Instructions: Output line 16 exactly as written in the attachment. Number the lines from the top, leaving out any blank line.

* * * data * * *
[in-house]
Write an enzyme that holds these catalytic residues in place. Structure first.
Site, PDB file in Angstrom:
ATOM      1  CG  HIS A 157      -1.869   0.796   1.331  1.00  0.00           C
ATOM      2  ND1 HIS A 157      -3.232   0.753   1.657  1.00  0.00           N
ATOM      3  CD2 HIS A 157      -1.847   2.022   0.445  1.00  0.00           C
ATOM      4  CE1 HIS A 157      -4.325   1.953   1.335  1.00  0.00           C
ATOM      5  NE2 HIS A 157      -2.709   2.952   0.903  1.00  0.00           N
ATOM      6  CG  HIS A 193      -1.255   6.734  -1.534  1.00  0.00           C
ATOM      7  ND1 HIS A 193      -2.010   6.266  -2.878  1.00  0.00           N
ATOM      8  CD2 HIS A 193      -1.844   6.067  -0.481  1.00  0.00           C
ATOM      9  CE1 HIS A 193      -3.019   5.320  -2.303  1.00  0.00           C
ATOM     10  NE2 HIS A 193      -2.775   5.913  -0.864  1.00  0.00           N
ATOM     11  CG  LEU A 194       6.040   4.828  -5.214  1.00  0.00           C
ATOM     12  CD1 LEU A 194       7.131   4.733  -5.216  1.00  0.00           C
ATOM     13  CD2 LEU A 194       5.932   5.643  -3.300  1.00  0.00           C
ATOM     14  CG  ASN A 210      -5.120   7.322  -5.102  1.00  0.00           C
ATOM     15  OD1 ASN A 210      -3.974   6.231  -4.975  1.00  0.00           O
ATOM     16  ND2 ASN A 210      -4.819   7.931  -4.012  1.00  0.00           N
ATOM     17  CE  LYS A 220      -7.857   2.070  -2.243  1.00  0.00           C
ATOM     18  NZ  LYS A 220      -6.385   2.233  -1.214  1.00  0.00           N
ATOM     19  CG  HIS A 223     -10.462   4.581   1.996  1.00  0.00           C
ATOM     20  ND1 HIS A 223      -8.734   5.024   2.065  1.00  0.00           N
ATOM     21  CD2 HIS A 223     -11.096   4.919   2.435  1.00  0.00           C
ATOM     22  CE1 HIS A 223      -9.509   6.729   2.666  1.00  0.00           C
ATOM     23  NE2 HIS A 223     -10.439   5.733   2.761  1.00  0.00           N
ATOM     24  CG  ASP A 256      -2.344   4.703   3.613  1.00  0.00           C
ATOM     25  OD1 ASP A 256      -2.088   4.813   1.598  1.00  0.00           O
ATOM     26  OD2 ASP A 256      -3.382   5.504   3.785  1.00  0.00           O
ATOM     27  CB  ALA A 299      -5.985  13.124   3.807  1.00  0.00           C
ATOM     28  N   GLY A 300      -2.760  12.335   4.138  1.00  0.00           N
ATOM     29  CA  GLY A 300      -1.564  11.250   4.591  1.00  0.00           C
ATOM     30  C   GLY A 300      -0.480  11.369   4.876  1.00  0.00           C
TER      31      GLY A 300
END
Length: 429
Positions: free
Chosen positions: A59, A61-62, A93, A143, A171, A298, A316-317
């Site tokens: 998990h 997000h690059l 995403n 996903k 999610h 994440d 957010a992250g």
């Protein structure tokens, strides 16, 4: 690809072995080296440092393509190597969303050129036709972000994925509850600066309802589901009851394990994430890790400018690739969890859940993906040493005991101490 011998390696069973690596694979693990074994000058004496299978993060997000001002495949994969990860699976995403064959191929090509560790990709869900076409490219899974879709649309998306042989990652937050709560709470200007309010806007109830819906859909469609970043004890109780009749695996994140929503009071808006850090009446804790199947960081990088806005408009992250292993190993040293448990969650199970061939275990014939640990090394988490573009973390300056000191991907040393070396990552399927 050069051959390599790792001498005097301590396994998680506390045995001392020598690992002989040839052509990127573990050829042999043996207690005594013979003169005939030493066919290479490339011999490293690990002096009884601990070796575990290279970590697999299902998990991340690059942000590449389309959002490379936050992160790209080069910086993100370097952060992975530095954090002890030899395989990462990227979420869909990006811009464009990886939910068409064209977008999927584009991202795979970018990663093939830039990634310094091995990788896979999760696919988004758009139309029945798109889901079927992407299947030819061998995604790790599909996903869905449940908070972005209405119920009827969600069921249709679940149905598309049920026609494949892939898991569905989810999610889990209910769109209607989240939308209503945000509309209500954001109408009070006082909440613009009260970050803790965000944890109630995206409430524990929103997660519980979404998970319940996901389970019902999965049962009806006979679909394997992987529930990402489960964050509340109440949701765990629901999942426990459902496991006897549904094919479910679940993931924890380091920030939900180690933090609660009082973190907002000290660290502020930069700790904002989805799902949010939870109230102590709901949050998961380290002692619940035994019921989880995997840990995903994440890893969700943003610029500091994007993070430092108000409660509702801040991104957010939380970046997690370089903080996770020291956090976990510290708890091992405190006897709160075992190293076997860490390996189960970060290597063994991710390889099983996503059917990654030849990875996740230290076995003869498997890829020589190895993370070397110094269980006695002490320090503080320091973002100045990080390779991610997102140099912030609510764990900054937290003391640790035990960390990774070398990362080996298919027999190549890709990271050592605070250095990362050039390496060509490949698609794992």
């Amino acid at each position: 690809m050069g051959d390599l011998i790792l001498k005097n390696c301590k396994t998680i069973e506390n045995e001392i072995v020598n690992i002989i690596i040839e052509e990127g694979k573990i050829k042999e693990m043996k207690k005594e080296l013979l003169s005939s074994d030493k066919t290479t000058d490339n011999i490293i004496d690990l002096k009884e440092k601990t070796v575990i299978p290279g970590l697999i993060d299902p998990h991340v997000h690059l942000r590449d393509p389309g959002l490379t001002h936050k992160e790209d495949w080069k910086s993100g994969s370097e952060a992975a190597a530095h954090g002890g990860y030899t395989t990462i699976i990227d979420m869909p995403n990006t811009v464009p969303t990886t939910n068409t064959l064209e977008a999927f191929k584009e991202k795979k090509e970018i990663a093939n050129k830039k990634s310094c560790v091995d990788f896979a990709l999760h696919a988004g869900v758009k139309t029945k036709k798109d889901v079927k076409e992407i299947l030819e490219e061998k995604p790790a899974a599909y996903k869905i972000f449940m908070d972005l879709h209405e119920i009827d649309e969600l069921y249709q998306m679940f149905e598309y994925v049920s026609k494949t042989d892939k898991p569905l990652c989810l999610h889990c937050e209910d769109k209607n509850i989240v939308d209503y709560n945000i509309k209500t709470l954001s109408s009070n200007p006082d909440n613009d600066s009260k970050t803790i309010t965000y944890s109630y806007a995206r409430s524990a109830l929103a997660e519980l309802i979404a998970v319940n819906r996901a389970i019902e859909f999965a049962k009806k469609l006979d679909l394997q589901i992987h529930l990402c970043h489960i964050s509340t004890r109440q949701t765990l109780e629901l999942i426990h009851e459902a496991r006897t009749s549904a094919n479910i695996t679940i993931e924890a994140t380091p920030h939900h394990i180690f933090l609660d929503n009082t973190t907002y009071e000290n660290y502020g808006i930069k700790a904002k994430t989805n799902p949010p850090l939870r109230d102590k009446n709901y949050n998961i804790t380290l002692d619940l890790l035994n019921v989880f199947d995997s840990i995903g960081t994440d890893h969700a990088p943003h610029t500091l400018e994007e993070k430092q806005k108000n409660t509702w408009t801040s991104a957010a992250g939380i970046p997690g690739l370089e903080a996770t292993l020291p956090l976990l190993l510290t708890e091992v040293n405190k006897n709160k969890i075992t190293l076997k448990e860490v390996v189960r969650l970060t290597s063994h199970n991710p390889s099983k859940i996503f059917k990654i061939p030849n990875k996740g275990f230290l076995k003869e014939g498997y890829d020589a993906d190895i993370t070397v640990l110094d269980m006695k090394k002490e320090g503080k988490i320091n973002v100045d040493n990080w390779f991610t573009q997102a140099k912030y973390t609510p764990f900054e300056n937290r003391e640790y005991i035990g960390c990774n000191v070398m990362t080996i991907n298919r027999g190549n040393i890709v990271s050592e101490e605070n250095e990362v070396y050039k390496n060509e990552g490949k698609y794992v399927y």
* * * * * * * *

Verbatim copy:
ATOM     13  CD2 LEU A 194       5.932   5.643  -3.300  1.00  0.00           C